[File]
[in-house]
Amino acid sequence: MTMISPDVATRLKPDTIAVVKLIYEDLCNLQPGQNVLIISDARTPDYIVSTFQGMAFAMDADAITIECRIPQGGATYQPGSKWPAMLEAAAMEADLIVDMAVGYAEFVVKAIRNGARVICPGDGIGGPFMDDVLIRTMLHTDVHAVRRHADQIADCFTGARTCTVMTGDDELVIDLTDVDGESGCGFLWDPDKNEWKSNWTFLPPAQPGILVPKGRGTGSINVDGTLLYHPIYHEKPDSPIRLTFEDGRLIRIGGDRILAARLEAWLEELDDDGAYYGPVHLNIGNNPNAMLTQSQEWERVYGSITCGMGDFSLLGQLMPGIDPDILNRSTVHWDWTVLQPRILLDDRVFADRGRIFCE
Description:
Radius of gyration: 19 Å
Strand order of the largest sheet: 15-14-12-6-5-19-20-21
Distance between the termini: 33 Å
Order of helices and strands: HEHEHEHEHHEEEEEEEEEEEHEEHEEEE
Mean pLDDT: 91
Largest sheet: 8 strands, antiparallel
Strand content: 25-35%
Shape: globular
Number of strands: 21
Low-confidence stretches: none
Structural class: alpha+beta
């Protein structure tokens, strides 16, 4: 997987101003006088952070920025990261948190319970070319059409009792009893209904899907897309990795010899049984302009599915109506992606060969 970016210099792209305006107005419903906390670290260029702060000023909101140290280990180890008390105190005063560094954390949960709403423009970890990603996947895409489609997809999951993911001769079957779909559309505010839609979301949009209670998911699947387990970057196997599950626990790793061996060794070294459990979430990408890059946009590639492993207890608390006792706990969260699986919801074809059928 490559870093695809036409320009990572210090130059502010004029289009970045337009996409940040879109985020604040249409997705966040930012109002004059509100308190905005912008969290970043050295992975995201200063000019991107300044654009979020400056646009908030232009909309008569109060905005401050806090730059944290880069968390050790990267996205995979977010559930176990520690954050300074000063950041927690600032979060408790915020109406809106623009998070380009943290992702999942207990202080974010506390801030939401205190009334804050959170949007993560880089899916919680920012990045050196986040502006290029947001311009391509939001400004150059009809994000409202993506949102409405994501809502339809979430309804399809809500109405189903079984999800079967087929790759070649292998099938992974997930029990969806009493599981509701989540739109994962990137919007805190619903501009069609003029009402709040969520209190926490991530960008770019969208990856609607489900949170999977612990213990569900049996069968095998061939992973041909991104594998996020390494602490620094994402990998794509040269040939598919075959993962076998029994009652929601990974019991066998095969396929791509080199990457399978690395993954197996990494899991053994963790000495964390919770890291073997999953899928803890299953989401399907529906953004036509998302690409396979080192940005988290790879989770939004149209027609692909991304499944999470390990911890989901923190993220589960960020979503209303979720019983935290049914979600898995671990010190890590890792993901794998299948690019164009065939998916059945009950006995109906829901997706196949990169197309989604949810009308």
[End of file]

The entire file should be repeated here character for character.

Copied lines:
[in-house]
Amino acid sequence: MTMISPDVATRLKPDTIAVVKLIYEDLCNLQPGQNVLIISDARTPDYIVSTFQGMAFAMDADAITIECRIPQGGATYQPGSKWPAMLEAAAMEADLIVDMAVGYAEFVVKAIRNGARVICPGDGIGGPFMDDVLIRTMLHTDVHAVRRHADQIADCFTGARTCTVMTGDDELVIDLTDVDGESGCGFLWDPDKNEWKSNWTFLPPAQPGILVPKGRGTGSINVDGTLLYHPIYHEKPDSPIRLTFEDGRLIRIGGDRILAARLEAWLEELDDDGAYYGPVHLNIGNNPNAMLTQSQEWERVYGSITCGMGDFSLLGQLMPGIDPDILNRSTVHWDWTVLQPRILLDDRVFADRGRIFCE
Description:
Radius of gyration: 19 Å
Strand order of the largest sheet: 15-14-12-6-5-19-20-21
Distance between the termini: 33 Å
Order of helices and strands: HEHEHEHEHHEEEEEEEEEEEHEEHEEEE
Mean pLDDT: 91
Largest sheet: 8 strands, antiparallel
Strand content: 25-35%
Shape: globular
Number of strands: 21
Low-confidence stretches: none
Structural class: alpha+beta
């Protein structure tokens, strides 16, 4: 997987101003006088952070920025990261948190319970070319059409009792009893209904899907897309990795010899049984302009599915109506992606060969 970016210099792209305006107005419903906390670290260029702060000023909101140290280990180890008390105190005063560094954390949960709403423009970890990603996947895409489609997809999951993911001769079957779909559309505010839609979301949009209670998911699947387990970057196997599950626990790793061996060794070294459990979430990408890059946009590639492993207890608390006792706990969260699986919801074809059928 490559870093695809036409320009990572210090130059502010004029289009970045337009996409940040879109985020604040249409997705966040930012109002004059509100308190905005912008969290970043050295992975995201200063000019991107300044654009979020400056646009908030232009909309008569109060905005401050806090730059944290880069968390050790990267996205995979977010559930176990520690954050300074000063950041927690600032979060408790915020109406809106623009998070380009943290992702999942207990202080974010506390801030939401205190009334804050959170949007993560880089899916919680920012990045050196986040502006290029947001311009391509939001400004150059009809994000409202993506949102409405994501809502339809979430309804399809809500109405189903079984999800079967087929790759070649292998099938992974997930029990969806009493599981509701989540739109994962990137919007805190619903501009069609003029009402709040969520209190926490991530960008770019969208990856609607489900949170999977612990213990569900049996069968095998061939992973041909991104594998996020390494602490620094994402990998794509040269040939598919075959993962076998029994009652929601990974019991066998095969396929791509080199990457399978690395993954197996990494899991053994963790000495964390919770890291073997999953899928803890299953989401399907529906953004036509998302690409396979080192940005988290790879989770939004149209027609692909991304499944999470390990911890989901923190993220589960960020979503209303979720019983935290049914979600898995671990010190890590890792993901794998299948690019164009065939998916059945009950006995109906829901997706196949990169197309989604949810009308």